GSPE treatment attenuates amyloid-associated cognitive impairments in Tg2576 mice
The accumulation of oligomeric Aβ in the brain may promote AD-type cognitive impairment (Oda et al., 1995; Lambert et al., 1998; Klein et al., 2001; Cleary et al., 2005; Klyubin et al., 2005). Our study suggested that GSPE was effective in preventing Aβ oligomerization in vitro, as well as in vivo (Figs. 1, 2). We hypothesized that treatment of Tg2576 mice with GSPE should functionally attenuate AD-type cognitive deterioration. Thus, Tg2576 mice were treated with GSPE for 5 months, and cognitive function was assessed at 11 months of age, when Tg2576 mice are normally characterized by AD-type spatial memory deficits (Hsiao et al., 1996). Consistent with previous evidence (Hsiao et al., 1996), we found significant spatial reference memory function impairments in 11-month-old Tg2576 mice during learning trials in a Morris water maze test (Fig. 3A). Conversely, we found that GSPE-treated Tg2576 mice performed significantly better, as reflected by significant reductions in escape latency time with progressive learning trials (two-way repeated-measures ANOVA; GSPE vs control group: F(1,11) = 4.90, p = 0.049 for GSPE treatment; F(7,77) = 4.25, p = 0.0005 for time; and F(7,77) = 1.63, p = 0.140 for interaction) (Fig. 3A). GSPE-induced attenuation of cognitive impairment in Tg2576 mice was confirmed in the probe trial showing that GSPE-treated mice spent significantly more time in the target quadrant area relative to water-treated control mice (Fig. 3C) as well as an increased number of crossings over the exact location of the platform (Fig. 3D). This effect was not attributable to the presence of motor deficits, because the two groups of mice exhibited similar swim speeds (Fig. 3B). This cognitive function improvement coincided with a significant reduction of HMW oligomeric Aβ species in the brain of GSPE-treated Tg2576 mice relative to the control mice (Fig. 3E). In control studies, we found that GSPE treatment did not influence cognitive function in strain-, age-, and gender-matched wild-type animals (supplemental Fig. 3, available at www.jneurosci.org as supplemental material), suggesting that GSPE may benefit spatial memory reference deficits in Tg2576 mice selectively through the attenuation of AD-type Aβ-mediated brain injury.
Grape-derived polyphenolic compounds have been shown to have powerful antioxidant and anti-inflammatory effects (Percival and Sims, 2000; Weinreb et al., 2004), which could also contribute to the overall benefits we observed in this study.
Alzheimer's disease is a growing public health concern with devastating impacts. A major hallmark of AD is the accumulation of neurotoxic Aβ peptides and their extracellular plaque depositions. Recent studies indicate that extracellular accumulation of soluble high-molecular-weight Aβ oligomers is largely responsible for AD dementia and memory deficits in the Tg2576 mouse AD model (Cleary et al., 2005; Klyubin et al., 2005). Thus, major efforts from both academia and industry are presently focused on developing pharmacologic strategies that could delay the initiation and/or slow the oligomerization/aggregation of amyloid peptide. Previous studies have suggested that some polyphenolic compounds could reduce brain amyloid neuropathology and improve cognitive function by promoting nonamyloidogenic α-secretase activity (Rezai-Zadeh et al., 2005; Wang et al., 2006). Marambaud et al. (2005) also reported that resveratrol, a natural polyphenol mainly found in grape and red wine, could reduce Aβ by promoting intracellular Aβ degradation in vitro. Another study also suggested that a few select grape-derived polyphenolics could reduce aggregations of synthetic Aβ peptides in vitro (Porat et al., 2006). Our studies use a naturally derived grape seed polyphenolic extract and demonstrate its in vivo efficacy to attenuate AD-type Aβ neuropathology in the Tg2576 AD mouse model. More importantly, we confirm that GSPE-mediated reduction of soluble HMW oligomeric Aβ peptide levels in the brains of Tg2576 mice significantly attenuated cognitive deterioration. Future studies exploring mechanisms underlying the absorption and eventually GSPE-Aβ pharmacokinetics and pharmacodynamics in the brain will clarify the role of GSPE in oligomeric Aβ-mediated responses. Considering the safety profile of GSPE (Bentivegna and Whitney, 2002) and its efficacy in attenuating AD-type phenotype, this natural compound is immediately available to be tested in AD clinical settings to prevent or treat AD.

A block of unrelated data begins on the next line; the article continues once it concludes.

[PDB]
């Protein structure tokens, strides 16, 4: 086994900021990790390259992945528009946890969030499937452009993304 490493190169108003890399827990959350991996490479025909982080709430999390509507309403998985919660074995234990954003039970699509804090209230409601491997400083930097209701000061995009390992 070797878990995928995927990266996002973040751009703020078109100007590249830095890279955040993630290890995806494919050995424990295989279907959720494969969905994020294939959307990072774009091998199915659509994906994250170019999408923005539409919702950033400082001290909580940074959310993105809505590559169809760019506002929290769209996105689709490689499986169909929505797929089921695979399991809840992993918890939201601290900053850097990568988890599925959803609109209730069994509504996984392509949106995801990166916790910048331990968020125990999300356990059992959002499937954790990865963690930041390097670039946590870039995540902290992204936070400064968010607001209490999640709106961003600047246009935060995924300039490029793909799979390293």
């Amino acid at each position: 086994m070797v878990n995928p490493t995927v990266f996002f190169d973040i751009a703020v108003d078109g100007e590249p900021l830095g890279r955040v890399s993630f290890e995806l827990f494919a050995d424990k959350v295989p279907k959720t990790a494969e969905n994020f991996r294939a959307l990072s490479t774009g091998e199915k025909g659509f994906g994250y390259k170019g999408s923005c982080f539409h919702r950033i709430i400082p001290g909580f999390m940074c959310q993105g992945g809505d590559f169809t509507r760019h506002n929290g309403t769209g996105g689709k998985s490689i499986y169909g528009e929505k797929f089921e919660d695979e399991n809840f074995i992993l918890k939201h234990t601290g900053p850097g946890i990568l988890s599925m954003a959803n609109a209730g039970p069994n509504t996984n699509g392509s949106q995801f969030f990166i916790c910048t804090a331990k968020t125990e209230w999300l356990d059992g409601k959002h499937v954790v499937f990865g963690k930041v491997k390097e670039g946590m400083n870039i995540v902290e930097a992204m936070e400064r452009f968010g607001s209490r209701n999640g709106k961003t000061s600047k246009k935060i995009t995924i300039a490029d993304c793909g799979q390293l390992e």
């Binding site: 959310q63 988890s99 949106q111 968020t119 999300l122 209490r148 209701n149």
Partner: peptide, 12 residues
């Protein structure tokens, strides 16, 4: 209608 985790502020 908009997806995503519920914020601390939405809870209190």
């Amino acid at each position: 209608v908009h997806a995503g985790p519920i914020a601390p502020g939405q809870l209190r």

This work was supported by National Center for Complementary and Alternative Medicine (NCCAM) PO1 AT004511-01 Project 1 (L.H.); NCCAM PO1 AT004511-01 Project 3, Department of Veterans Affairs Merit Review grant, James J. Peters Veterans Affairs Medical Center Geriatric Research Education Clinical Center Program, and Polyphenolics (G.M.P.); Japan Human Science Foundation (K.O.); and National Institutes of Health Grant AG027818 and Alzheimer's Association (D.B.T.). We thank Margaret M. Condron for peptide synthesis and purification.
- Correspondence should be addressed to Dr. Giulio M. Pasinetti, Icahn Research Institute, Mount Sinai School of Medicine, 1425 Madison Avenue, Box 1230, New York, NY 10029.